Some time ago I decided to become a member at Glamorgan County Cricket Club for this season, the price of which includes admission to all County Championship, One Day and Twenty20 games for the season. Since the SWALEC Stadium at Sophia Gardens is only ten minutes’ walk from my house, I hope to catch a fair amount of cricket this summer.

And so it came to pass that this morning I found myself watching the first County Championship game of the season in Cardiff, between Glamorgan and Worcestershire. Glamorgan lost their first match of the season (away against Northamptonshire) inside two days, by an innings and 22 runs, so the home fans were hoping for a stronger performance in this match.

The ground was fairly sparsely populated, as per usual for County Cricket, but there were enough people there to create an atmosphere and not so many to cause long queues at the bar.

In overcast and rather chilly conditions, Worcestershire used the uncontested toss to invite Glamorgan to bat first. As they had done against Northamptonshire, Glamorgan’s batsmen struggled, losing eight wickets for 105  in the first session. Another thrashing looked inevitable.

After lunch, however, the situation improved as Lloyd, in partnership first with Carey and then with Hogan, added over a hundred at about eight an over. Glamorgan were eventually all out for 207. Lloyd was last out, for 88.

Worcestershire lost both openers with just one run on the board, but Fell and Clarke added 79 runs before both got out in quick succession. At 80 for 4 a collapse looked on the cards, but Kohler-Cadmore and wicket-keeper Cox put together a century partnership before bad light brought play to an early close.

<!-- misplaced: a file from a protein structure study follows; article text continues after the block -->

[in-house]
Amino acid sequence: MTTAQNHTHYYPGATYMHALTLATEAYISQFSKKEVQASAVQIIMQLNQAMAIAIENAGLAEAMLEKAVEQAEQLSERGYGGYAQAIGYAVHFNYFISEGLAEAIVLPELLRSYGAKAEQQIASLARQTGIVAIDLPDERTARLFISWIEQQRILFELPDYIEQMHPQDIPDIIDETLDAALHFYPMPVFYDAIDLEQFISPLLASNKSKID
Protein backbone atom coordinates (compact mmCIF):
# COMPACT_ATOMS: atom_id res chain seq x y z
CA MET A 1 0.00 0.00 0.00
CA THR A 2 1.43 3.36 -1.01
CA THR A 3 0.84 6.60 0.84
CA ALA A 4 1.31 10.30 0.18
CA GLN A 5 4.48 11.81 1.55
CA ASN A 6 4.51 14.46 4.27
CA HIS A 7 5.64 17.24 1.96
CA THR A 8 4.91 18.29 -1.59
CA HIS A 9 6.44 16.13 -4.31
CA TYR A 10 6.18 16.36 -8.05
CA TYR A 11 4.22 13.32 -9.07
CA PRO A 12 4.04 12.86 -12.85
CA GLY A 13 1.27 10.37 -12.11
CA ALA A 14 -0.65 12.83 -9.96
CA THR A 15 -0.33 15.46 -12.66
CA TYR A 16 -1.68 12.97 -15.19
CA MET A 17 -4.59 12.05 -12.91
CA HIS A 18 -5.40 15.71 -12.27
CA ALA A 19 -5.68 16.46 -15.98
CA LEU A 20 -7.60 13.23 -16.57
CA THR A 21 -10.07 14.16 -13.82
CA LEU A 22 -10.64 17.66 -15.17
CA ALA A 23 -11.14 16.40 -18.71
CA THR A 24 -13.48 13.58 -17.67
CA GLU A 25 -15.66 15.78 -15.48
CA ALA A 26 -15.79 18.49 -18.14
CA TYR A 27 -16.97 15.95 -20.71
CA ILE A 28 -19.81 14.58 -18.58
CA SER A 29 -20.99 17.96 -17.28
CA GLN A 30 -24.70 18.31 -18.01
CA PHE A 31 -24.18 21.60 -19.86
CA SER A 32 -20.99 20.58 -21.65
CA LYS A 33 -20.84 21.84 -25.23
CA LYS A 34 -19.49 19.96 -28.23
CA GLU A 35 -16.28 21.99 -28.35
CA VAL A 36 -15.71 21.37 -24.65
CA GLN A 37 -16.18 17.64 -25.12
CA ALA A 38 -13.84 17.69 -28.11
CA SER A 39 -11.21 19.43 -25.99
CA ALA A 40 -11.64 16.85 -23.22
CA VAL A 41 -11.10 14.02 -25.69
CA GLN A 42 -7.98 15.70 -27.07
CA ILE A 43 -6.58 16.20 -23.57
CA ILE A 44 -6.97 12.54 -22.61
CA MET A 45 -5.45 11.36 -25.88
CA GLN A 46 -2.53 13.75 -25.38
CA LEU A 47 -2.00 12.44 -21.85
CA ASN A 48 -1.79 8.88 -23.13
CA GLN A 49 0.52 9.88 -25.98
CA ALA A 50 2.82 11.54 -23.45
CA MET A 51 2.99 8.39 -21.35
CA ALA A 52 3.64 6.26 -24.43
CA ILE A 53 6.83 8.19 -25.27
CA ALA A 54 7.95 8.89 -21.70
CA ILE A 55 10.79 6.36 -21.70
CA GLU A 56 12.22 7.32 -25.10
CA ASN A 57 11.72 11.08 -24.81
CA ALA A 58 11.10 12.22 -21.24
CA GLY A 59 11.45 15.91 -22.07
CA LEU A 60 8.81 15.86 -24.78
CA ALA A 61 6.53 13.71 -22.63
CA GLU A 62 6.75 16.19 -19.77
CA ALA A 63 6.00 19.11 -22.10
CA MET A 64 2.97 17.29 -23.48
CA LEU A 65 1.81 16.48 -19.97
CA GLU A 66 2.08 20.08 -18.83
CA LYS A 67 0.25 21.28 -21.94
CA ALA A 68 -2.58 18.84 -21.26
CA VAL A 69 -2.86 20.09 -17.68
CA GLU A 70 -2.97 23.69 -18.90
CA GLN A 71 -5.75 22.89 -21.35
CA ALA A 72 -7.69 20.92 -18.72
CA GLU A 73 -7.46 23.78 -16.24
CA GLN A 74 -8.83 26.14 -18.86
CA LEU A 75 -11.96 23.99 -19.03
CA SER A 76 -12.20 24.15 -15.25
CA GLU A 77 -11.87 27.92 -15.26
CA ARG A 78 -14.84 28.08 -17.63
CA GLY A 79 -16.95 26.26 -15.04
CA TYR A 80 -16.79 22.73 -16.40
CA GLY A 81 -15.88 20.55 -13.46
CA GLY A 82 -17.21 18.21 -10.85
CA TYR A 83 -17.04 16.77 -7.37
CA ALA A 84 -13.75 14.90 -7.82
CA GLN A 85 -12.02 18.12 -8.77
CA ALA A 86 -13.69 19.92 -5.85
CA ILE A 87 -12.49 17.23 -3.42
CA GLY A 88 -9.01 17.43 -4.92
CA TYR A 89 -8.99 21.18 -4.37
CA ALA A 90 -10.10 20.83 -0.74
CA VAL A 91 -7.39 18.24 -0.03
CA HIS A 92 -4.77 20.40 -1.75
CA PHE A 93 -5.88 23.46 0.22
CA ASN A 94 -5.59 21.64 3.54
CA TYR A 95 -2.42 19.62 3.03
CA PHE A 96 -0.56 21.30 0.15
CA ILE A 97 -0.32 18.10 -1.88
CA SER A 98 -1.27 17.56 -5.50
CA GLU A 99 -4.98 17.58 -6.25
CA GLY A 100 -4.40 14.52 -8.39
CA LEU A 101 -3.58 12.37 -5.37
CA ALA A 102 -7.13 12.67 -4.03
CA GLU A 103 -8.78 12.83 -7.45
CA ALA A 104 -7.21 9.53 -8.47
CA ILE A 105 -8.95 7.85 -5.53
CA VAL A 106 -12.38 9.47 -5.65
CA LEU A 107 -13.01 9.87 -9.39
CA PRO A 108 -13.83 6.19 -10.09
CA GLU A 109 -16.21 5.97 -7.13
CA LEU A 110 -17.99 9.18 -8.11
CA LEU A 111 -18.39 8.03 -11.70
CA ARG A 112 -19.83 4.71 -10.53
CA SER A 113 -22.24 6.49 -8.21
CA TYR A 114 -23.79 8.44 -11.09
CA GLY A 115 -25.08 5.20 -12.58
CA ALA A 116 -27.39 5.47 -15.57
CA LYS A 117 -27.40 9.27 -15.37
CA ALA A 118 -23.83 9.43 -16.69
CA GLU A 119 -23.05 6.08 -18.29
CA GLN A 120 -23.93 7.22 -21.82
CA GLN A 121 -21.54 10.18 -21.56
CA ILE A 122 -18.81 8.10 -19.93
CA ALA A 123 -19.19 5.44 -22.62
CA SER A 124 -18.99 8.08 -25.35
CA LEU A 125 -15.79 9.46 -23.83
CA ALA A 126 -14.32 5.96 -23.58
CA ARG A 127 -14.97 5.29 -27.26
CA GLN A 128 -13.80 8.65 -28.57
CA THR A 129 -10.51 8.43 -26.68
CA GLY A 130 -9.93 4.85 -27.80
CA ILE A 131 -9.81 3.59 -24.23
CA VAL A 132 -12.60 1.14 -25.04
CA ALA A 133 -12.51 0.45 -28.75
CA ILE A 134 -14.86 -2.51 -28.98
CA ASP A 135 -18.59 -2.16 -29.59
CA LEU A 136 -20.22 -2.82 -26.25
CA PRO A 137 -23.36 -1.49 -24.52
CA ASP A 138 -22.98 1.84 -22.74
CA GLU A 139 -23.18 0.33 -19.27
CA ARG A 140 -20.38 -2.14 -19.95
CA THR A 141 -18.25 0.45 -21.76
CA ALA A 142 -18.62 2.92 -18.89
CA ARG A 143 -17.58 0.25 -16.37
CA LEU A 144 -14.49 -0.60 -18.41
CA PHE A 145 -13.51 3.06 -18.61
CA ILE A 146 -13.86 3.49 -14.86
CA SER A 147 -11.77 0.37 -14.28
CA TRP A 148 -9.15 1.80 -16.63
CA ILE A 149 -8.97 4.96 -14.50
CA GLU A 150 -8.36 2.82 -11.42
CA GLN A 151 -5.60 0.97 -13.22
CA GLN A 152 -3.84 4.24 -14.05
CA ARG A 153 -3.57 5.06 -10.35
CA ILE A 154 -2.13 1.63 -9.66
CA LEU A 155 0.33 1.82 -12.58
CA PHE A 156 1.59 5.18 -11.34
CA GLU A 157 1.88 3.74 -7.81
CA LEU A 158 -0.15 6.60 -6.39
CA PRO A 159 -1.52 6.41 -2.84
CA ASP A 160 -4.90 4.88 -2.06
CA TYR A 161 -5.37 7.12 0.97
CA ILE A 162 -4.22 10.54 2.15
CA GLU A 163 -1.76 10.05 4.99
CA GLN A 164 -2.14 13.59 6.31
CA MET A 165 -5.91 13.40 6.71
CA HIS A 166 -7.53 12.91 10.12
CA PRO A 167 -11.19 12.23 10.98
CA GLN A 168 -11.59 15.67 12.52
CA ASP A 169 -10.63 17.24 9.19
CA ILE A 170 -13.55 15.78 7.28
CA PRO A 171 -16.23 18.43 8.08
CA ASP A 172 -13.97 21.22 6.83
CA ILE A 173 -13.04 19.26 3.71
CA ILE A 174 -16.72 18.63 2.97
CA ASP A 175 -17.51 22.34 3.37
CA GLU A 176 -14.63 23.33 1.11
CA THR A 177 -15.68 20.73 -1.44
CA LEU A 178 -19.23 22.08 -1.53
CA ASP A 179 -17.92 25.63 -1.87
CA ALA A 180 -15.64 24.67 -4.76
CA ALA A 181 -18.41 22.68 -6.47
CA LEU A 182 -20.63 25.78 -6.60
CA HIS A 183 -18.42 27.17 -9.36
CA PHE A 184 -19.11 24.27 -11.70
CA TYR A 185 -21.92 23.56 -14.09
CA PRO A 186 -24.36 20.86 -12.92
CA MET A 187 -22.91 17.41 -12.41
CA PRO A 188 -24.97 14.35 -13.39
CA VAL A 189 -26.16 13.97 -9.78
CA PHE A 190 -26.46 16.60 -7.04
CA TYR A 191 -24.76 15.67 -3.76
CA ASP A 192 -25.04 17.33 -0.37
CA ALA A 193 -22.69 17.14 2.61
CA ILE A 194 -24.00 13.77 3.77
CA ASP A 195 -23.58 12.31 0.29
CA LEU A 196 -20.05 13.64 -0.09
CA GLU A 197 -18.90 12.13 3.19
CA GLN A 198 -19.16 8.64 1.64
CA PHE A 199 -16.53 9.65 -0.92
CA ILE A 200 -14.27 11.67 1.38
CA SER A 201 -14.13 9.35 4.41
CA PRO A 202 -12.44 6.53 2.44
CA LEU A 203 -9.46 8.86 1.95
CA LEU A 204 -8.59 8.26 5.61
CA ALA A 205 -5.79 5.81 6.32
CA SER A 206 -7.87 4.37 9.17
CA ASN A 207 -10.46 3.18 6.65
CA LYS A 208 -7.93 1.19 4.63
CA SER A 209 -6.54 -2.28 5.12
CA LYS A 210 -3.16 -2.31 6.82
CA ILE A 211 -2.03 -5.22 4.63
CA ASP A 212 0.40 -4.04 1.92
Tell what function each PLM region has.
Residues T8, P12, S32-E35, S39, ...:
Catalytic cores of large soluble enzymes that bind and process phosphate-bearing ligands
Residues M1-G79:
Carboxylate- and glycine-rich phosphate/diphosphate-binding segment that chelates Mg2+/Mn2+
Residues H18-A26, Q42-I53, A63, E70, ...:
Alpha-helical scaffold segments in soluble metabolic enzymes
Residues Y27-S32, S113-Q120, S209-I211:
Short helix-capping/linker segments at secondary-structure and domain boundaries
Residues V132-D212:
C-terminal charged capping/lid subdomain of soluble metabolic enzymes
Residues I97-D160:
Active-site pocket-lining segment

Worcestershire at 180 for 4 definitely have the upper hand, but with 387 runs having been scored and 14 wickets having fallen, it was a good day’s cricket.

Incidentally, this summer Glamorgan are celebrating 50 years of cricket at Sophia Gardens. Before 1967 they played their games on a cricket ground in Cardiff Arms Park, which was next to the famous rugby stadium. However this site is right next to the River Taff and suffered from very poor drainage. The sheer number of rugby games – both local and international – combined with the drainage problem meant the pitch was often in very poor condition, compared to the other home international rugby grounds. It was therefore decided to move the cricket ground and build a second rugby stadium. It’s quite a complicated story, but that is basically why nowadays there are two rugby stadiums side by side in central Cardiff, the huge  Millennium Stadium (now called the Principality Stadium) for internationals, and the much smaller Cardiff Arms Park, home to Cardiff Blues.

The cricket didn’t move far, however, as Sophia Gardens is just a short walk from the city centre and even closer to my house! I’ll be there tomorrow, to find out what Day 2 has to offer.